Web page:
As a technology teacher, I often focus on tool instruction. As an integration specialist there is less emphasis on tool instruction but more emphasis on choosing tools to accomplish a task. As an adult looking at the whole picture, my primary goal is to prepare students for life during and after high school. More and more I feel like a life skills teacher or a home economics teacher. Like learning to be healthy through PE, boil pasta, or learn to balance their checkbooks, it is imperative that I prepare them for what is beyond the walls of K-12 education.
Changing technologies are exciting for everyone. So many of us latch onto new technologies in our free time. Today’s kids are no strangers to the latest technologies, limited only by their allowance. From Facebook to iTunes, GarageBand to YouTube. Oh yes, iMovie is fun. These technologies will be there and grow with them for years to come. Knowing something about them is useful. As citizens of this digital age, it is vital to know effective uses of advanced techniques in order to be efficient content creators and digital-literate consumers of information.
The right tool for the job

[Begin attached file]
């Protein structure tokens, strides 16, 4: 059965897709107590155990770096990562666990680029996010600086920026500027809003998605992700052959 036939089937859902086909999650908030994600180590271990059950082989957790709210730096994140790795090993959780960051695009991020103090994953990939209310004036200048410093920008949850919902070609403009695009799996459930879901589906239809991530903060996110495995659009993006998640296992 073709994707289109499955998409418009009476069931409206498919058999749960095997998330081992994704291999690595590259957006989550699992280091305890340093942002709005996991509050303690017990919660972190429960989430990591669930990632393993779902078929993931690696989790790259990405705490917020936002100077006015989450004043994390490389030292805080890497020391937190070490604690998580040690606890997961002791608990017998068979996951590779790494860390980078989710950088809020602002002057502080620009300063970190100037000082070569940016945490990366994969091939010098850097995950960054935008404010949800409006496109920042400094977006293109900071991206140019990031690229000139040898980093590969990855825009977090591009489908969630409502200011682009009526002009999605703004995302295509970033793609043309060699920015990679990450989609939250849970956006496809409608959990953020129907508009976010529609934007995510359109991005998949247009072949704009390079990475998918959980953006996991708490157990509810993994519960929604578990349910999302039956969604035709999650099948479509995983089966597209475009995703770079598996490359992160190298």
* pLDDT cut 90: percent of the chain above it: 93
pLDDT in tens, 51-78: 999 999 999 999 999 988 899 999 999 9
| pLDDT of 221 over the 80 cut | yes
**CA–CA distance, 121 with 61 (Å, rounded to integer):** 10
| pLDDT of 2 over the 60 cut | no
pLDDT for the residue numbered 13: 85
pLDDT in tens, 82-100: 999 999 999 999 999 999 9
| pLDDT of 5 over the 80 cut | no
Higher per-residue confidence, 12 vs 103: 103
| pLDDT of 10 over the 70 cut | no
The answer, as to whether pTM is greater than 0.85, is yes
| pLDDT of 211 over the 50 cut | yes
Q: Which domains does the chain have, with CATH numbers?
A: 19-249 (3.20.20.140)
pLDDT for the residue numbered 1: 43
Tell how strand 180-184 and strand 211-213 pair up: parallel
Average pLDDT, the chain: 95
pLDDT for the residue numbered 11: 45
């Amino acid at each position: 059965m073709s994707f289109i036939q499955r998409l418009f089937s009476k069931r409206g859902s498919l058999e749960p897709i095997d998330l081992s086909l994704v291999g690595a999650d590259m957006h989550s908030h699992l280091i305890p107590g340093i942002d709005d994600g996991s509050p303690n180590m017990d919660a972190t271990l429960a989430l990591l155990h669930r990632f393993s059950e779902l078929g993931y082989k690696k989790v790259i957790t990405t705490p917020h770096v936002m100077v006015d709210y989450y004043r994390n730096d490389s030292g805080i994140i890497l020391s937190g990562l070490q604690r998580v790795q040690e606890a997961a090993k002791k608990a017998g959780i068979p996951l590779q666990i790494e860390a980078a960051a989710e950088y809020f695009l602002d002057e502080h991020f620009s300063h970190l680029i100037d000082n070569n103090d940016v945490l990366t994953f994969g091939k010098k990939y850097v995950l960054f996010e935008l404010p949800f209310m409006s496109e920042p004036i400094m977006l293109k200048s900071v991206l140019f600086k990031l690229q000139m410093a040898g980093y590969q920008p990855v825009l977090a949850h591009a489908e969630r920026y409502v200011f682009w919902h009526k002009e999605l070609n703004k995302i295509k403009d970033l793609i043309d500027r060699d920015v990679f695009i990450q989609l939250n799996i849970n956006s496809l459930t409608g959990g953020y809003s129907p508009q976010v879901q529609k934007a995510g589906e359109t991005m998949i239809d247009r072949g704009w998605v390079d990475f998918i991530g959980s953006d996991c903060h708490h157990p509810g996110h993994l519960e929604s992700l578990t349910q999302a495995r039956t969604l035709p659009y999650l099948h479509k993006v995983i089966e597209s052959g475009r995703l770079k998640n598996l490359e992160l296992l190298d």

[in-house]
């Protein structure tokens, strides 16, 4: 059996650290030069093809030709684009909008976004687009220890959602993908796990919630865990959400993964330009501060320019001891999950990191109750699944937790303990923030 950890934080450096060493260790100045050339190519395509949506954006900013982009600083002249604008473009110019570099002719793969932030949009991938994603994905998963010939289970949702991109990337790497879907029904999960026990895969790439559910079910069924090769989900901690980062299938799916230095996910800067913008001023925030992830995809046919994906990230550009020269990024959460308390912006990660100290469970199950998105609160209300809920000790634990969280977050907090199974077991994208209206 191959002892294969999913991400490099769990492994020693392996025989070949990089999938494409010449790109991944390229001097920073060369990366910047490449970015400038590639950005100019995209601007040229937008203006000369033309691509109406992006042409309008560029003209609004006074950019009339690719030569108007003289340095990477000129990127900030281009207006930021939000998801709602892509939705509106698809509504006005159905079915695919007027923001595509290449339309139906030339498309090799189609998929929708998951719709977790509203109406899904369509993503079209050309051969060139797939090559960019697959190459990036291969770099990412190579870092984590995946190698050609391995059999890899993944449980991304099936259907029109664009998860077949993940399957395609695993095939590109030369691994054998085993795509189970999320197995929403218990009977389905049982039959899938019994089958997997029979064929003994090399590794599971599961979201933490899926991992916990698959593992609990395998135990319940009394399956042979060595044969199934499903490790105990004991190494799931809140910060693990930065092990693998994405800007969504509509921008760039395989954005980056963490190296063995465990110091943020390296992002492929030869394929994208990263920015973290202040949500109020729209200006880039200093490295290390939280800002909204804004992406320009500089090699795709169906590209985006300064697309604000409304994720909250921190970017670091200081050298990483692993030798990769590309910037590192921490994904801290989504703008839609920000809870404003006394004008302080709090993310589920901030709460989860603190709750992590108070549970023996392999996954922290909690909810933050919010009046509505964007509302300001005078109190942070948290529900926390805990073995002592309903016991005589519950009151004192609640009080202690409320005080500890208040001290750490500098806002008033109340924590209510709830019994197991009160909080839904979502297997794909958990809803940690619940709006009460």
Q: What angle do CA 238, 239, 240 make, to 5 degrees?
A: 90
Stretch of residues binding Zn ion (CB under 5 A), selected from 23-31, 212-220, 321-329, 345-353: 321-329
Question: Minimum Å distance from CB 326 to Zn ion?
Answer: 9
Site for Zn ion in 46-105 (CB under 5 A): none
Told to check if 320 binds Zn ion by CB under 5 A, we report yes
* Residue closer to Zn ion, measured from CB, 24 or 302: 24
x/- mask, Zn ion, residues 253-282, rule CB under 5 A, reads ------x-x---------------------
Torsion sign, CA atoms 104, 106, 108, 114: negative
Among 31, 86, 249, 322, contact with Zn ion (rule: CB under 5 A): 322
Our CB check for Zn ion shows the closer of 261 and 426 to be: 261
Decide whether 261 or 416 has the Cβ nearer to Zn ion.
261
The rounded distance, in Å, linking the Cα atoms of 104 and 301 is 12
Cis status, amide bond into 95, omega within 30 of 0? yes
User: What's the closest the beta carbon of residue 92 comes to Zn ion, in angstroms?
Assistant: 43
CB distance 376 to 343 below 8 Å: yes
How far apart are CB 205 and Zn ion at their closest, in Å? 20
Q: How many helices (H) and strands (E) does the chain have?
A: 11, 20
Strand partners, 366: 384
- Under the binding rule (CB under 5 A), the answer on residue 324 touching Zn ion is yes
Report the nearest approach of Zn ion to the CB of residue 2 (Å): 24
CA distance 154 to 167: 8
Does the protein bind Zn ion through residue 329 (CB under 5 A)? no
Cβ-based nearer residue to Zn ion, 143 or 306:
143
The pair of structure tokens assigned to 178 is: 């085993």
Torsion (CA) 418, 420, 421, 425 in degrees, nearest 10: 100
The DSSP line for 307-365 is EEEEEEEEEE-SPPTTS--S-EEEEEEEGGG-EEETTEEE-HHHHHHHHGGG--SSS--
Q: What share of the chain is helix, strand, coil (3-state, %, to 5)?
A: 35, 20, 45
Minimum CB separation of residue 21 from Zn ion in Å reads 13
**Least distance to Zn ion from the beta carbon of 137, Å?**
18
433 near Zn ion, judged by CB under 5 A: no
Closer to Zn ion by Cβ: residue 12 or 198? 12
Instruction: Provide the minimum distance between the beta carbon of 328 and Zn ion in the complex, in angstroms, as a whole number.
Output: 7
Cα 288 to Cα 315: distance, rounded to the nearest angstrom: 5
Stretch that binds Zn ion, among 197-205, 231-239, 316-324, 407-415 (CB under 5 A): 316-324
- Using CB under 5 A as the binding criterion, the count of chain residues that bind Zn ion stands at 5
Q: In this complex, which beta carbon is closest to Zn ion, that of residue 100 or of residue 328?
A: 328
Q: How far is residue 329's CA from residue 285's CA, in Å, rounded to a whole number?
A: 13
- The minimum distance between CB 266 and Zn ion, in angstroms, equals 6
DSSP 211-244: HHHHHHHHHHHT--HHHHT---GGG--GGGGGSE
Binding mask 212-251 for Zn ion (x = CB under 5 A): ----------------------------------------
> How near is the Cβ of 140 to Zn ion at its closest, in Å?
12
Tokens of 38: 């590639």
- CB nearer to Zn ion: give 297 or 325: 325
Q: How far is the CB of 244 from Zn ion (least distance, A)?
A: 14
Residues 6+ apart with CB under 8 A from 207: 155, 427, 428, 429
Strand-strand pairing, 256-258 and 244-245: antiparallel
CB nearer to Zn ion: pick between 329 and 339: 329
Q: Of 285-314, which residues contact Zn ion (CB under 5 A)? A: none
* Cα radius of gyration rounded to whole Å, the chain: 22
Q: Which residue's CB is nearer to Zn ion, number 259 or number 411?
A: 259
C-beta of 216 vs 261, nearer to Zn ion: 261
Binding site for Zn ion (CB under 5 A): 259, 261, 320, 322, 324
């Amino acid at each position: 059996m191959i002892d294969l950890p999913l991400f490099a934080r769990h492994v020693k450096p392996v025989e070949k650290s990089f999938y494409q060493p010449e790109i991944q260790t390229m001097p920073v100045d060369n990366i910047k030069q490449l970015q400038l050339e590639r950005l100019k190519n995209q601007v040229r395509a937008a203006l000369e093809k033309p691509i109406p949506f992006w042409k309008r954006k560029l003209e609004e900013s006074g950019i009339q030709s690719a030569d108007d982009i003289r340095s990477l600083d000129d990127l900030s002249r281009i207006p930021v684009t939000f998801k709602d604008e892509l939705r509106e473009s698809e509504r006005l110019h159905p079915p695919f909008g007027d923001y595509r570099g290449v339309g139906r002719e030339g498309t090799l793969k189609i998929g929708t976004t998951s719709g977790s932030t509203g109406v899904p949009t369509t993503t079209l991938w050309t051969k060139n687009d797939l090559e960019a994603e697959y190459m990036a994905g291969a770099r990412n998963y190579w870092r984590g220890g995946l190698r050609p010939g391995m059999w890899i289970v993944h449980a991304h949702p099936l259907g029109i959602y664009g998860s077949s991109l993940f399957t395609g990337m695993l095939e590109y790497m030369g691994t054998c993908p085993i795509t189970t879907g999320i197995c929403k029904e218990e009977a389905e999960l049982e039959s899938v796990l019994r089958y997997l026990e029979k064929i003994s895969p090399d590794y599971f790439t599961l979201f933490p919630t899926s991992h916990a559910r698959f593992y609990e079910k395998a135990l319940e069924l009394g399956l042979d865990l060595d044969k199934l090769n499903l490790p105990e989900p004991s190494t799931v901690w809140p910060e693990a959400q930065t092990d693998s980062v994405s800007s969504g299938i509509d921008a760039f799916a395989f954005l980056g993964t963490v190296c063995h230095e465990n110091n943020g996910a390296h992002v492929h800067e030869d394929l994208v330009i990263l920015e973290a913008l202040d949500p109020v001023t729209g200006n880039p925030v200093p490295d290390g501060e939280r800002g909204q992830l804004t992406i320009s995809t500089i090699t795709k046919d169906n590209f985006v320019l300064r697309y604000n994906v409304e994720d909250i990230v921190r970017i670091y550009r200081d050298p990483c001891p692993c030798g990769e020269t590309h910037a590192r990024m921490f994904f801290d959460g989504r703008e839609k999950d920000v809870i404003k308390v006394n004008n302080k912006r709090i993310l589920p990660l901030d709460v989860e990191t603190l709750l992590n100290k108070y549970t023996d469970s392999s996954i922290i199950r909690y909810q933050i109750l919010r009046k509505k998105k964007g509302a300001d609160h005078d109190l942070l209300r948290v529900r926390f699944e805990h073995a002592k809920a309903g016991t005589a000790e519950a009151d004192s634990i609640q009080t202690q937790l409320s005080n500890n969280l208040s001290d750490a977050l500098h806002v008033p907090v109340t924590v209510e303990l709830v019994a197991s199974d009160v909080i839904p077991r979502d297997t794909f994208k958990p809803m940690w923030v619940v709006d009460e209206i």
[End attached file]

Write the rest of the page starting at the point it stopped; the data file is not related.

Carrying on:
What tools should we be using in education? Let’s consider a broad brush and look at the big picture. What is the value of some of the Web2.0 tools or tablet apps that are emphasized now in education? Sure bells and whistles are attractive and motivating, the glow of a new app on an iPad is very exciting.
I explore tools in my technology classroom and have tried some of the latest-crazed tools such as NING, Edmodo, Wallwisher, SlideShare, Animoto, PBwiki, Prezi, WizIQ,, Quia and VoiceThread. Remember those? And OMG, there are so many more. I have distributed many logins to my students and had my own content die a slow death in many online environments. At one point I had so many pots in the fire that I found myself confused, and my students, too, were increasingly annoyed.